Shakespeare sketch: A Small Rewrite
“Fad saol agat, gob fliuch, agus bás in Eirinn.”
(Long life to you, a wet mouth, and death in Ireland.)
We are happy to announce the forthcoming publication of Seamus Scanlon’s remarkable short story collection, As Close As You’ll Ever Be.
We look forward to updating you with more information as we approach July and understand you might be eager to have your hardcover, paperback, or e-book signed, so please continue to routinely visit us for updates. In the meantime, have fun, and enjoy the links below:
- Interview with Seamus Scanlon, winner of the 2011 Gemini Magazine Short Story Prize for “My Beautiful, Brash, Beastly, Belfast” - BBC Arts Extra via Gemini Magazine
- Galway writer making waves on the New York theatre scene - Galway Independent
- Who Speaks for Ireland? Rebel Voices Have Their Say - Huffington Post
Seamus Scanlon is a Librarian and Assistant Professor at the Centre for Worker Education at the City College of New York (CUNY). Hailing from Galway, Ireland, Scanlon’s fiction won the 2011 Fish Publishing One Page Story Award, and the 2010 Over The Edge Writer of the Year Award. His writing has appeared in numerous publications and most recently his play, Dancing at Lunacy, finished an extended run at the Cell Theatre in New York City, March 2012.
BOOKS are rotting in a chain joint called Public Storage, in the Bronx, New York, in a building that at one time stowed meat. Don’t think it doesn’t smell. I pay money every month for a spot of space on cold cement floor, next to nearly identical spots set apart only by a number on a door or a wacky lock. The spots are divided like shower stalls, with absurdly thin steel doors that do not reach the ceiling, so if you stand on the chair that someone abandoned in a dusty corner, you’ll see what your neighbor has deemed worth saving: shit.
3,000 miles away, I imagine my boxes and boxes of books, my shit in a holding pen, lonely and forced to make friends with the cockroaches feeding off food that is almost certainly stuck on a great number of pages, leftovers from a most excellent diet of coffee, beer, and burritos. The books used to live with me in my apartment in Washington Heights and we were very happy together, but then I had two weeks to get across the country, and dreamed of being one of those people that stopped hoarding. The ending is predictable. I damn well can’t ditch my books.
Ever been to the little dive shop Westsider Books on Broadway? They know how to cram. They double shelf like they’re stuffing a turkey and their employees are so cool and friendly, that if you’re a New Yorker, you just want to listen to them talk to other people. One time I had to hide upstairs, just so I could hear two employees and one customer argue about the graphic novel Maus. I love bookshelf crams and Westsider Books holds it down.
Or what about all the authors I discovered at the Strand? The Strand is big, but don’t think because they’re big you don’t have to hunt. You do. You’ve got to frequent the so-called 18 miles as often as possible because you never know what in the hell they might have. One time I got a book from 1889, which I bought because the pages were decaying and falling apart at the slightest touch. I liked that it still existed. It was fiction! It was Balzac. Or what about all the Irish histories I found there sitting on the shelf, waiting for someone to check out the inside? Without the Strand, I wouldn’t have F.S.L Lyons or J.C. Beckett, authors I have yet to see on the tidy shelves of the textbook store on 5th Avenue that carries more Tim Pat Coogan than you’ll ever need.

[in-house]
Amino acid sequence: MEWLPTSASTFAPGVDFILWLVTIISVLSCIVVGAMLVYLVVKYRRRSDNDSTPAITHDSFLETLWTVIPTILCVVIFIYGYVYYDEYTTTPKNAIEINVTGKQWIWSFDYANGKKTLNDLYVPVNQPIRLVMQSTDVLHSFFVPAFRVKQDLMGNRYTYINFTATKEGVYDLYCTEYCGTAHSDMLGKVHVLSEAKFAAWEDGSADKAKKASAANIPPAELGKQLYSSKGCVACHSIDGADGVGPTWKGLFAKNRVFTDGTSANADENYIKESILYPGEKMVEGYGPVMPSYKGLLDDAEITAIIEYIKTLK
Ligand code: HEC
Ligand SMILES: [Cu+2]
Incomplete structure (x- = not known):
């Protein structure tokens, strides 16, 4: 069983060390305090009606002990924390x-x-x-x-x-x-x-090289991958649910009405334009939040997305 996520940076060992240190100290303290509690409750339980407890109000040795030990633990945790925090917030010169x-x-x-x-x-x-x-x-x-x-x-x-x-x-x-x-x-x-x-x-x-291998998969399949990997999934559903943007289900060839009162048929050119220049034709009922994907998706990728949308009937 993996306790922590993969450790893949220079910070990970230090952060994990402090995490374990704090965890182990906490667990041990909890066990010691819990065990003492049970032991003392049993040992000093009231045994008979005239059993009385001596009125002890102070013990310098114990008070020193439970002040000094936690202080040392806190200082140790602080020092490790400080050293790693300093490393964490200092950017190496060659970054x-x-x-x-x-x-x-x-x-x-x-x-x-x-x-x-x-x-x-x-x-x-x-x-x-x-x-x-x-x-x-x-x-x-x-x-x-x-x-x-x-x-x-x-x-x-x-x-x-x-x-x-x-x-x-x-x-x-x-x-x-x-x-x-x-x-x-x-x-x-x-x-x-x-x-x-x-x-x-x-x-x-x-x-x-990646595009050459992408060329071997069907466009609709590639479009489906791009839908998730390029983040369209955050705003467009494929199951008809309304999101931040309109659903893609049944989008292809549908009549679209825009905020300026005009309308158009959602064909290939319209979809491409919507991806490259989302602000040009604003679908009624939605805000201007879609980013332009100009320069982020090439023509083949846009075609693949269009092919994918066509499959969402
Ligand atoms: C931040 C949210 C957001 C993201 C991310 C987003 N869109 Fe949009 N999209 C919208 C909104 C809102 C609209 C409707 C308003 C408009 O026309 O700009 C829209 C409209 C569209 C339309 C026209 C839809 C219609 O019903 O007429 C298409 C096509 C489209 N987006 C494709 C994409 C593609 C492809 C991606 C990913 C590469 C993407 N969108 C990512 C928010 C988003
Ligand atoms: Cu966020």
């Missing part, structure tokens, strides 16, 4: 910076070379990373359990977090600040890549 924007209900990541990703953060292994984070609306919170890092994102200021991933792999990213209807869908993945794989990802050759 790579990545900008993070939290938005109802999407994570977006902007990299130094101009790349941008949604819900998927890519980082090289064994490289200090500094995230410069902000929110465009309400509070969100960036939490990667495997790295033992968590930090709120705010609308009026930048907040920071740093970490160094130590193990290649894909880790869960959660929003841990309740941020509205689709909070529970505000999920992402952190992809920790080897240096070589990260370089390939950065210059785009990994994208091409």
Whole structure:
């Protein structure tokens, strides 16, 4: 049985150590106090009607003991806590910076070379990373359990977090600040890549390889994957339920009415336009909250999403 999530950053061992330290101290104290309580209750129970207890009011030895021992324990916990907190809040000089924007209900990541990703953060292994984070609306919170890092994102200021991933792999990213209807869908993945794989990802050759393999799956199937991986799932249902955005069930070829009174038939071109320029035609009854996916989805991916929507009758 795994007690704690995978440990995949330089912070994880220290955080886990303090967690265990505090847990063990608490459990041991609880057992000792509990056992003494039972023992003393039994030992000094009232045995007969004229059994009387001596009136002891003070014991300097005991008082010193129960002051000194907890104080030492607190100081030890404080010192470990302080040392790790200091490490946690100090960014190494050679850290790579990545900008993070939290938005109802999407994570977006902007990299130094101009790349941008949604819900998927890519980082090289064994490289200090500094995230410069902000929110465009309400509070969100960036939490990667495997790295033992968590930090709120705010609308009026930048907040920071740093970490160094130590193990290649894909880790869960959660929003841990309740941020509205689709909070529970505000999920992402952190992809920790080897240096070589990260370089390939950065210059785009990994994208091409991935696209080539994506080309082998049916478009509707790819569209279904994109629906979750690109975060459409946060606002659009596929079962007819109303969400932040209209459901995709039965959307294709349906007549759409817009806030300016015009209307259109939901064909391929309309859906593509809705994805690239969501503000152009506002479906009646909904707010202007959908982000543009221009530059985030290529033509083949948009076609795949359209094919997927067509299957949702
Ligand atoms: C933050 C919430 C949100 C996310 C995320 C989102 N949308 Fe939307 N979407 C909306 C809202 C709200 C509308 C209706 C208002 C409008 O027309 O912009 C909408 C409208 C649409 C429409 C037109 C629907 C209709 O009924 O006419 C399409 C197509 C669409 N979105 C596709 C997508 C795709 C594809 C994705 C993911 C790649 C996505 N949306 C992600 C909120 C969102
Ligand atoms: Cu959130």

I have books from New York, even Brooklyn, Washington D.C., Pennsylvania, San Francisco, Austin, Portland, Tucson—all over the country. So many books and bookstore experiences that I cannot replace. I thought about selling these books, or giving them away, or at least all the ones I’ve read. But I’d rather keep my shitty little paperback from 1975 than pawn it off on your ass for a lousy $2 bucks. I’d rather not pawn it at all. Frankly, I don’t trust you spill coffee the way I do. So my books are rotting in storage, waiting to unite with the books I managed to media mail (which is another story) and waiting to meet their new brothers and sisters. Which, by the way, is a totally idiotic way to refer to books. But book hoarding? That is true.
Cairn Press staffer J.H. is responsible for this indulgent spam post. J.C. and J.T. ask that J.H. spills coffee on fewer submissions. We might use our initials, sometimes, so that the kind and curious will visit our website for less dubious information. Our TITLES page, for example, will be updated soon. Get ready.
GULP… Our very first deadline for submissions is smacking down at 11:59 PM, April 30, 2012, Mountain Time. Tucson, Arizona.
We’ve got people. People that work three jobs, think on the toilet, and if the choice is between writing or eating, we’re writing. We’ve got people that like words and it better be a good story. Publishing or whatever the hell your lousy piece of the pie looks like doesn’t matter much among our people, so long as the content is damn interesting. The media is filling our eyeballs with wars on Amazon, print versus electronic content, self-published authors versus legacy authors, and the dominance of the big publishers or their fading clout. This shit is BIG news, and we’re happy to hash out our opinions on these matters (just ask us), which we have an openly vested interest in, but like we said, this shit is BIG news, and we’re a SMALL duck. We’re proud of it. Our ear is on the ground. Our people are wearing the hell out of their shoes, and you’ve probably never heard of us or them, but they are writing some badass shit, and we are going to publish it and get it out there. So when someone said, “Cairn Press?” we said, “You bet”. Hang tight while we are piling our stones…